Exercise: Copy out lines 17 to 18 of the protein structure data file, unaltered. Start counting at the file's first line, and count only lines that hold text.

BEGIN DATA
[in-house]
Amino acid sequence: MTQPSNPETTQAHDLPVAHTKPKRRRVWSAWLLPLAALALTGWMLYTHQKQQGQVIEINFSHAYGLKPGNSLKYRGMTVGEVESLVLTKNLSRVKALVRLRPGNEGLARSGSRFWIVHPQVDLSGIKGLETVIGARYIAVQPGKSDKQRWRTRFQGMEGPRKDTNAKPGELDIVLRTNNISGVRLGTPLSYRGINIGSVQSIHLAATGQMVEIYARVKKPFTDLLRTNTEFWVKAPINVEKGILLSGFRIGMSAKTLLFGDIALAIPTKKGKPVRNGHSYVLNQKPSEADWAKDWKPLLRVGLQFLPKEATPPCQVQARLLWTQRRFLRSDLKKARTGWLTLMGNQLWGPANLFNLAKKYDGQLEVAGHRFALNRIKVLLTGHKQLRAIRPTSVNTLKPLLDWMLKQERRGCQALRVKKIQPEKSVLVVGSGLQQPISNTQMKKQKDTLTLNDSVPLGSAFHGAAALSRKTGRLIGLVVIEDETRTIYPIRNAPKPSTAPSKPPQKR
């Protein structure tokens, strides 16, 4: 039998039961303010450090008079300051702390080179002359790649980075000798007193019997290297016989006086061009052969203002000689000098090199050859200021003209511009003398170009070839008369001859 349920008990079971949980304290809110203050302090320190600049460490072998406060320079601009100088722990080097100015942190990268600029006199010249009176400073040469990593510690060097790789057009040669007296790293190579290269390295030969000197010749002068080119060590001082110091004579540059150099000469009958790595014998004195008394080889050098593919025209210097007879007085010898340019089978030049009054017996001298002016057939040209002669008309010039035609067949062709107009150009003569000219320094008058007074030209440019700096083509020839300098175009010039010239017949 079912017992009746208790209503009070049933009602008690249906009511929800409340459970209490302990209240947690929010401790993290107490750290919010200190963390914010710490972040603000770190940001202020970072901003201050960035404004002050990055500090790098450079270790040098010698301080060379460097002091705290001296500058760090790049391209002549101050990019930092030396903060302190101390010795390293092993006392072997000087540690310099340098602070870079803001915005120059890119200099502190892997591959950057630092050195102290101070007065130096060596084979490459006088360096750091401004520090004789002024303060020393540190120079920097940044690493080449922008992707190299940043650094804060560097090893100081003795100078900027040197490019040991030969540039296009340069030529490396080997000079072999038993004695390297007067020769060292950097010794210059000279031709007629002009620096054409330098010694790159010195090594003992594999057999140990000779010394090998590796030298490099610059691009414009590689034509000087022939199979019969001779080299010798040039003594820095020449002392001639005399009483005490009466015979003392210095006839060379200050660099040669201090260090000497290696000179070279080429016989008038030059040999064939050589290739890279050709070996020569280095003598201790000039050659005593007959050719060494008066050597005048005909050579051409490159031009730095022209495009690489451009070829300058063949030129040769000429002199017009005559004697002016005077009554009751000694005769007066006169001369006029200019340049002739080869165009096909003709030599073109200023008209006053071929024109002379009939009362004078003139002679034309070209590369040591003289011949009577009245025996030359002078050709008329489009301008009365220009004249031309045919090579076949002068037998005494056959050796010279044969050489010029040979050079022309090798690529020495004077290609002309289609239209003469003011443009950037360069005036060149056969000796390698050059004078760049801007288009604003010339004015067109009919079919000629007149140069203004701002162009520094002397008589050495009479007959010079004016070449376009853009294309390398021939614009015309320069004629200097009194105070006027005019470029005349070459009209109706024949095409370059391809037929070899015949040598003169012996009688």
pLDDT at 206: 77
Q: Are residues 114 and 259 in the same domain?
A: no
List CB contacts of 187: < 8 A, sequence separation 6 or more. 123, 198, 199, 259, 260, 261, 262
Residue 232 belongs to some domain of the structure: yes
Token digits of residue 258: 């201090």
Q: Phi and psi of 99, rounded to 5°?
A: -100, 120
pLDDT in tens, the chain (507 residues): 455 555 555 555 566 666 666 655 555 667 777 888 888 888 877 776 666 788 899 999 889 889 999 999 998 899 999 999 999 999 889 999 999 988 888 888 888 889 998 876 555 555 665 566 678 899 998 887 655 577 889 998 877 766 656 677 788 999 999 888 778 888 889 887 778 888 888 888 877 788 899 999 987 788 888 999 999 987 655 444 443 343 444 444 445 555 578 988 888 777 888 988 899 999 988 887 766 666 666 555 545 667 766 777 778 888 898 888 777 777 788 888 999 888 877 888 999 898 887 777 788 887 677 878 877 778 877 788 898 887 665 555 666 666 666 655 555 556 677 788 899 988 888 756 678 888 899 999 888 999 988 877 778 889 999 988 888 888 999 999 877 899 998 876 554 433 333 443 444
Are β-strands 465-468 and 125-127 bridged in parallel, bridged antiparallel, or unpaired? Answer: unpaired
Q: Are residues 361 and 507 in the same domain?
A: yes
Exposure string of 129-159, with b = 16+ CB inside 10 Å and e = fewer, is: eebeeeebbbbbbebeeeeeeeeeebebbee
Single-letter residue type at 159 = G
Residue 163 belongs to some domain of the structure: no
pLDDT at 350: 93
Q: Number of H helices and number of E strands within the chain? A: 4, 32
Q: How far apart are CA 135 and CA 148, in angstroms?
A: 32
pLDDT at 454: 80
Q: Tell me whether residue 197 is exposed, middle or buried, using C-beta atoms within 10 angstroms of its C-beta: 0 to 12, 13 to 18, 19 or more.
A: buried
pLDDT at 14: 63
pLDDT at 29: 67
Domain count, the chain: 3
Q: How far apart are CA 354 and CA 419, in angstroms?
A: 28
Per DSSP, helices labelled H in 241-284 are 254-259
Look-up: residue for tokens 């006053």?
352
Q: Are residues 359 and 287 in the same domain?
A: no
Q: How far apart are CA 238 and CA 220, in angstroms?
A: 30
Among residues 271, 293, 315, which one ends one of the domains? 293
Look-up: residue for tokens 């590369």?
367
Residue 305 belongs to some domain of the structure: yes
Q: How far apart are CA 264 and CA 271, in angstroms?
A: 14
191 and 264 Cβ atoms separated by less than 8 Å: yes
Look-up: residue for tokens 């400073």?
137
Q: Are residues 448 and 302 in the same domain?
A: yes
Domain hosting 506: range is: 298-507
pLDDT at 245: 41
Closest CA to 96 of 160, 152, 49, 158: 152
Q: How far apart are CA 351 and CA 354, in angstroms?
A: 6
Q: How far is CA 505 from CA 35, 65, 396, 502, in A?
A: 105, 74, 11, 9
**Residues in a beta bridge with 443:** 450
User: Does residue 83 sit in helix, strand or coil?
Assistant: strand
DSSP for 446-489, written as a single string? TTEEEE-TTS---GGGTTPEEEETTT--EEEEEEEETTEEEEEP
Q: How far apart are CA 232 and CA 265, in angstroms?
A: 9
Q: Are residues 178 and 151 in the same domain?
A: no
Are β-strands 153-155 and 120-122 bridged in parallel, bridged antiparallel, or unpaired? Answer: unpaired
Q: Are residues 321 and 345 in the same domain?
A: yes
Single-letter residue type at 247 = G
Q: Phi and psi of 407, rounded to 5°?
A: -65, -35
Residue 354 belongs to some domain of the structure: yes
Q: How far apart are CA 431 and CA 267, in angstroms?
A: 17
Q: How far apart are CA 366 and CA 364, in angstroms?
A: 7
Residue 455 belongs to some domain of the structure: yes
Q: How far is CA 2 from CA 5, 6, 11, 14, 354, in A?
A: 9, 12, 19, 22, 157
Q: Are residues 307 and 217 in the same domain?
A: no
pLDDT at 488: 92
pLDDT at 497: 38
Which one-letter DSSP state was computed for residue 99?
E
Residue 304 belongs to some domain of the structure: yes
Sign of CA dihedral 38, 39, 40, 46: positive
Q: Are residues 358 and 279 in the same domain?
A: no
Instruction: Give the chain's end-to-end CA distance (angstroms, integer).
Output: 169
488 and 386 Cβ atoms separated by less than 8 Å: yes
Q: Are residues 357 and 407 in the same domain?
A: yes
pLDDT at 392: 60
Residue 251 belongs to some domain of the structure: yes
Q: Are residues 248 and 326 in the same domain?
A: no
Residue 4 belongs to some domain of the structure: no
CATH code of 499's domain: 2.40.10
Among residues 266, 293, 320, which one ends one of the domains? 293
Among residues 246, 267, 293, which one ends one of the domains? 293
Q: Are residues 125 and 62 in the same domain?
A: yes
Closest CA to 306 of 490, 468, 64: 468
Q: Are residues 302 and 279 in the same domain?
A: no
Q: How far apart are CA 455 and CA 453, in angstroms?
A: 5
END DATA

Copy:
Single-letter residue type at 159 = G
Residue 163 belongs to some domain of the structure: no